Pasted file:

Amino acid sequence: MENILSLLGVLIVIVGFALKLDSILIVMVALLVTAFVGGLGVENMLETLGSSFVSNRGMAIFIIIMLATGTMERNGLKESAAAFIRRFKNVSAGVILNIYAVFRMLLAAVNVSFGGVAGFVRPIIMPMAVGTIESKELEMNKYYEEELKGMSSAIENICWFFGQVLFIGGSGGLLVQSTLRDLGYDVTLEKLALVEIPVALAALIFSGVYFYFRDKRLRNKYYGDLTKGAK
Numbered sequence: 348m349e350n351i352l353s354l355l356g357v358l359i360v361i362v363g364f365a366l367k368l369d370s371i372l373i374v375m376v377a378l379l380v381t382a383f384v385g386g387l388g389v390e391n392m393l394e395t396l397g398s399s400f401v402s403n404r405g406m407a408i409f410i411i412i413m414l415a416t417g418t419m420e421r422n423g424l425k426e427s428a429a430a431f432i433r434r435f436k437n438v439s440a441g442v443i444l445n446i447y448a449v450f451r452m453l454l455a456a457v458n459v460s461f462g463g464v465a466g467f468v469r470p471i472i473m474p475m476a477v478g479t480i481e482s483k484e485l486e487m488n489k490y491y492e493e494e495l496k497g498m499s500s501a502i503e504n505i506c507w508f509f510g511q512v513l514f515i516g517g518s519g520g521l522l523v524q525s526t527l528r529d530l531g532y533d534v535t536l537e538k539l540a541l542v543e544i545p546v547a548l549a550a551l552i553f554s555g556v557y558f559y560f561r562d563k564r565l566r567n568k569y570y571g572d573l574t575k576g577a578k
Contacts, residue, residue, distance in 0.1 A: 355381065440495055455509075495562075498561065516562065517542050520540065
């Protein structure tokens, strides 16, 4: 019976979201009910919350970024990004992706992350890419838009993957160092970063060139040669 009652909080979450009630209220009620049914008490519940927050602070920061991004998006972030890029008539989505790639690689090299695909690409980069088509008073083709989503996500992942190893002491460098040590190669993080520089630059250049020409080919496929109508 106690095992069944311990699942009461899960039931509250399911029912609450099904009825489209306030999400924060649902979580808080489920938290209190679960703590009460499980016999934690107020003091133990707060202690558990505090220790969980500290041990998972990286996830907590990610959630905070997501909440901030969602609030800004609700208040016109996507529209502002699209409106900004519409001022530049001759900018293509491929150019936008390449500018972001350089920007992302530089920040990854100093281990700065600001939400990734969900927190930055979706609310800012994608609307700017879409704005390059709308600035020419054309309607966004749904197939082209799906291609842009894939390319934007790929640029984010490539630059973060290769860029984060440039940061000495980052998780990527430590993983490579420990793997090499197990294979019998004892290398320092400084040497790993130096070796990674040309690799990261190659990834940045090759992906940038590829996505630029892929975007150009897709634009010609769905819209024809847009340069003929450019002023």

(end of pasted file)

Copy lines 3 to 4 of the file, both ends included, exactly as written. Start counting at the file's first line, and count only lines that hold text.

Contacts, residue, residue, distance in 0.1 A: 355381065440495055455509075495562075498561065516562065517542050520540065
């Protein structure tokens, strides 16, 4: 019976979201009910919350970024990004992706992350890419838009993957160092970063060139040669 009652909080979450009630209220009620049914008490519940927050602070920061991004998006972030890029008539989505790639690689090299695909690409980069088509008073083709989503996500992942190893002491460098040590190669993080520089630059250049020409080919496929109508 106690095992069944311990699942009461899960039931509250399911029912609450099904009825489209306030999400924060649902979580808080489920938290209190679960703590009460499980016999934690107020003091133990707060202690558990505090220790969980500290041990998972990286996830907590990610959630905070997501909440901030969602609030800004609700208040016109996507529209502002699209409106900004519409001022530049001759900018293509491929150019936008390449500018972001350089920007992302530089920040990854100093281990700065600001939400990734969900927190930055979706609310800012994608609307700017879409704005390059709308600035020419054309309607966004749904197939082209799906291609842009894939390319934007790929640029984010490539630059973060290769860029984060440039940061000495980052998780990527430590993983490579420990793997090499197990294979019998004892290398320092400084040497790993130096070796990674040309690799990261190659990834940045090759992906940038590829996505630029892929975007150009897709634009010609769905819209024809847009340069003929450019002023």